Hearing Aids
All hearing aids contain the same parts to carry sound from the environment into your ear. However, hearing aids do come in a number of styles, which differ in size and the way they're placed in your ear.

Completely in the canal (CIC)

These are molded to fit inside your ear canal and can improve mild to moderate hearing loss in adults.

A CIC hearing aid:

  • Is the least noticeable in the ear?
  • Is less likely to pick up wind noise because the ear protects the instrument?
  • Is easy to use with the telephone ?

In the canal (ITC)

These are custom molded and fit partly in the ear canal, but not as deeply as the CIC. This hearing aid can improve mild to moderate hearing loss in adults.

A ITC hearing aid:

  • Is less visible in the ear
  • Is easy to use with the telephone

Behind the ear (BTE)

BTE hearing aids hook over the top of your ear and rest behind the ear. The hearing aid picks up sound, amplifies it and carries the amplified sound to an ear mold that fits inside your ear canal. This type of aid is appropriate for almost all types of hearing loss and for people of all ages.

A BTE hearing aid:

  • Is the largest, most visible type of hearing aid, though some new versions are smaller, streamlined and barely visible
  • Is capable of more amplification than are other hearing aid styles

Open fit

These are very small BTE-style devices. Sound travels from the instrument through a small tube or wire to a tiny dome or speaker in the ear canal. These aids leave the ear canal open, so they are best for mild to moderate high-frequency losses where low-frequency hearing is still normal or near normal.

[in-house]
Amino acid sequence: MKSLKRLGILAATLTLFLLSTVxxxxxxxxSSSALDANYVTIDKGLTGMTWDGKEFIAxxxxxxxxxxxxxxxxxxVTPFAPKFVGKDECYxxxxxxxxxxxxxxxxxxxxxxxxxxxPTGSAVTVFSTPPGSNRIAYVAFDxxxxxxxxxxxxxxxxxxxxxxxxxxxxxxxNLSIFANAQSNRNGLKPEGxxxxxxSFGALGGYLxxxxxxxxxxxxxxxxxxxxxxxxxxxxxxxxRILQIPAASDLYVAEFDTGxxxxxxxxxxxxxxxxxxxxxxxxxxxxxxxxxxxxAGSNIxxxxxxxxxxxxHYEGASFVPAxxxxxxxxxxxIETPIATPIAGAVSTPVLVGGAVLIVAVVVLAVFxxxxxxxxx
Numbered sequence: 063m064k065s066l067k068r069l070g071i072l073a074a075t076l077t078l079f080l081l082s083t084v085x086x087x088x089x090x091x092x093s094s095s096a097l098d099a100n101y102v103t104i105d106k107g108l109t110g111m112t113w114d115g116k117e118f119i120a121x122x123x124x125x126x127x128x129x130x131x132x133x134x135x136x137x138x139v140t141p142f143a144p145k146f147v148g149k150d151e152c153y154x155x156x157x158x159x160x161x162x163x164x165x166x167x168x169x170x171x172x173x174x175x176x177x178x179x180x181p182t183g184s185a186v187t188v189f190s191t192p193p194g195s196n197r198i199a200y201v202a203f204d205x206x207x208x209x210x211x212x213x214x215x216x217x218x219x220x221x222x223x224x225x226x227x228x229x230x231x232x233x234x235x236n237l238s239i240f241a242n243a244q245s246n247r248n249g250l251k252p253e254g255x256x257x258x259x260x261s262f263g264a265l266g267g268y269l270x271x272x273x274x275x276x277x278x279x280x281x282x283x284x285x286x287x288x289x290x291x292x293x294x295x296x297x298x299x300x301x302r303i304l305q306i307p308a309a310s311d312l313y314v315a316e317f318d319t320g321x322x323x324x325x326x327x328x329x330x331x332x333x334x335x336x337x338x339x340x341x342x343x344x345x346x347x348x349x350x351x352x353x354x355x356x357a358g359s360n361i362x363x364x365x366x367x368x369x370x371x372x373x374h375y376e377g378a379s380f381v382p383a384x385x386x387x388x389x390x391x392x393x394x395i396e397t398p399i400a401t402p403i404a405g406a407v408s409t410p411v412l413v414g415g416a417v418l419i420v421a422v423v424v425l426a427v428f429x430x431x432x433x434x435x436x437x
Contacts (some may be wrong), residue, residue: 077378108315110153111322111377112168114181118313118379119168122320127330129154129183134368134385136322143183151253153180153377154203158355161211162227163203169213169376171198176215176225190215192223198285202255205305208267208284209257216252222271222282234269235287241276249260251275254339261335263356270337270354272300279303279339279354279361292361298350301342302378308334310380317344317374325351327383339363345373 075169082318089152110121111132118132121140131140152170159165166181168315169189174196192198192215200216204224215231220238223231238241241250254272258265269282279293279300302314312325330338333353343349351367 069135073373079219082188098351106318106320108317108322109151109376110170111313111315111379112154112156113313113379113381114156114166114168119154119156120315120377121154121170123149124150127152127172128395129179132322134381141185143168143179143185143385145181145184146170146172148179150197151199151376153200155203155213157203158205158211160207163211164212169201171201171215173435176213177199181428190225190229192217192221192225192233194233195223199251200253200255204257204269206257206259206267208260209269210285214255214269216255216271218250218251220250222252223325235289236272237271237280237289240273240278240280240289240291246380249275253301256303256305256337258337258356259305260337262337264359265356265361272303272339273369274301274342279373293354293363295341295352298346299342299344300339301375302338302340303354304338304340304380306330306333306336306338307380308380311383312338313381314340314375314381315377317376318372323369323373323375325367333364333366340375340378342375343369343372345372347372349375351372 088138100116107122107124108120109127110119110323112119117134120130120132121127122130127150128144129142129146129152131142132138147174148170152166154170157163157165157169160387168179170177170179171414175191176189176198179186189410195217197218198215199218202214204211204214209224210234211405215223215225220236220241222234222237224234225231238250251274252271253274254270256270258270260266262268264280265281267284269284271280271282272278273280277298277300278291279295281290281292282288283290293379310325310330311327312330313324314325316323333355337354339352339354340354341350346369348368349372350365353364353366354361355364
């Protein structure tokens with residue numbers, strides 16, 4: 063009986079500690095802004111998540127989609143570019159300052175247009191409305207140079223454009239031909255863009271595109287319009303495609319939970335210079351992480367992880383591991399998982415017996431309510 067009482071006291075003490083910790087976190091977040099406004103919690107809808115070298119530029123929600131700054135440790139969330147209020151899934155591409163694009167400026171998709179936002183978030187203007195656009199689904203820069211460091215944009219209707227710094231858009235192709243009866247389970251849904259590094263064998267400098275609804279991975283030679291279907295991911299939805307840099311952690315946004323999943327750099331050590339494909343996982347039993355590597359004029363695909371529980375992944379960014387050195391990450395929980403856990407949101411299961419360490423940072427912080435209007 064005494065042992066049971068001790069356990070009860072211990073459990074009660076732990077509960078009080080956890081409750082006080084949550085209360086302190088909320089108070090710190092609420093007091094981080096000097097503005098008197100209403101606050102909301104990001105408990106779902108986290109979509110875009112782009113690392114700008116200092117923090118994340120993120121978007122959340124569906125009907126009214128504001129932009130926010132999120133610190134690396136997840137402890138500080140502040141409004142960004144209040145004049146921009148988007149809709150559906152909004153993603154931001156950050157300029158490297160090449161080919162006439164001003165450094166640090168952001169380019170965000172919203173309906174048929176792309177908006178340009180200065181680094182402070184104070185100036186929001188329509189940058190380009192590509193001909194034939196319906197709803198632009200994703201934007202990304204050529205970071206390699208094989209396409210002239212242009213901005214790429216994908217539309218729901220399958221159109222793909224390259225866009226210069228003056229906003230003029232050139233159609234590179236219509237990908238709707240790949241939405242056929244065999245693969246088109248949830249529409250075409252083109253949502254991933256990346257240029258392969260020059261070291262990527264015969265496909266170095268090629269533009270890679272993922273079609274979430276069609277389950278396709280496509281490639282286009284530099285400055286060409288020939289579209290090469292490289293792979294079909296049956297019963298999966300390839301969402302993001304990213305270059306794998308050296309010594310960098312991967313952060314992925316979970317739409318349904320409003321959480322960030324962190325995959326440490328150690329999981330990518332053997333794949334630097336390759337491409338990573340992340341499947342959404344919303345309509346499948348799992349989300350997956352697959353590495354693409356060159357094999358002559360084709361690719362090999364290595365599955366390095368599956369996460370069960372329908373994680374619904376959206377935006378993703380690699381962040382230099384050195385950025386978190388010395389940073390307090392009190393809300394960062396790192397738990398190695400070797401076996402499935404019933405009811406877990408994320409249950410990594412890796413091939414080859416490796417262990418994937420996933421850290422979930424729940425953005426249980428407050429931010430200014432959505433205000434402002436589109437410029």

A open-fit hearing aid:

  • Is less visible
  • Doesn't plug the ear like the small in-the-canal hearing aids do
  • Uses very small batteries
  • Lacks manual adjustments due to the small size
If you have hearing loss in both ears (bilateral hearing loss), then you are most likely a candidate for two hearing aids.

Why two hearing aids are better than one?

  • Better understanding of speech.
  • Better understanding in group and noisy situations.
  • Speech intelligibility is improved in difficult listening situations when wearing two hearing aids.
  • Better ability to tell the direction of sound. In a social gathering, for example, localization allows you to hear from which direction someone is speaking to you. Simply put, with binaural hearing, you will better detect where sounds are coming from in every situation.
  • Better sound quality, you increase your hearing range from 180 degrees reception with just one instrument, to 360 degrees. This greater range provides a better sense of balance and sound quality.
  • Wider hearing range. A person can hear sounds from a further distance with two ears, rather than just one. A voice that's barely heard at 10 feet with one ear can be heard up to 40 feet with two ears.
  • Better sound identification. Often, with just one hearing aid, many noises and words sound alike. But with two hearing aids, as with two ears, sounds are more easily distinguishable.
  • Keep both ears active resulting in potentially less hearing loss deterioration. When only one hearing aid is worn, the unaided ear tends to lose its ability to hear and understand. This is clinically called the auditory deprivation effect. Wearing two hearing aids keeps both ears active.
  • Hearing is less tiring and listening more pleasant.
  • Greater comfort when loud noises occur.
  • Reduced feedback and whistling.

Logically, just as you use both eyes to see clearly, you need two healthy ears to hear clearly. Before you decide on one hearing aid, try two.
Top Hearing Aid Brands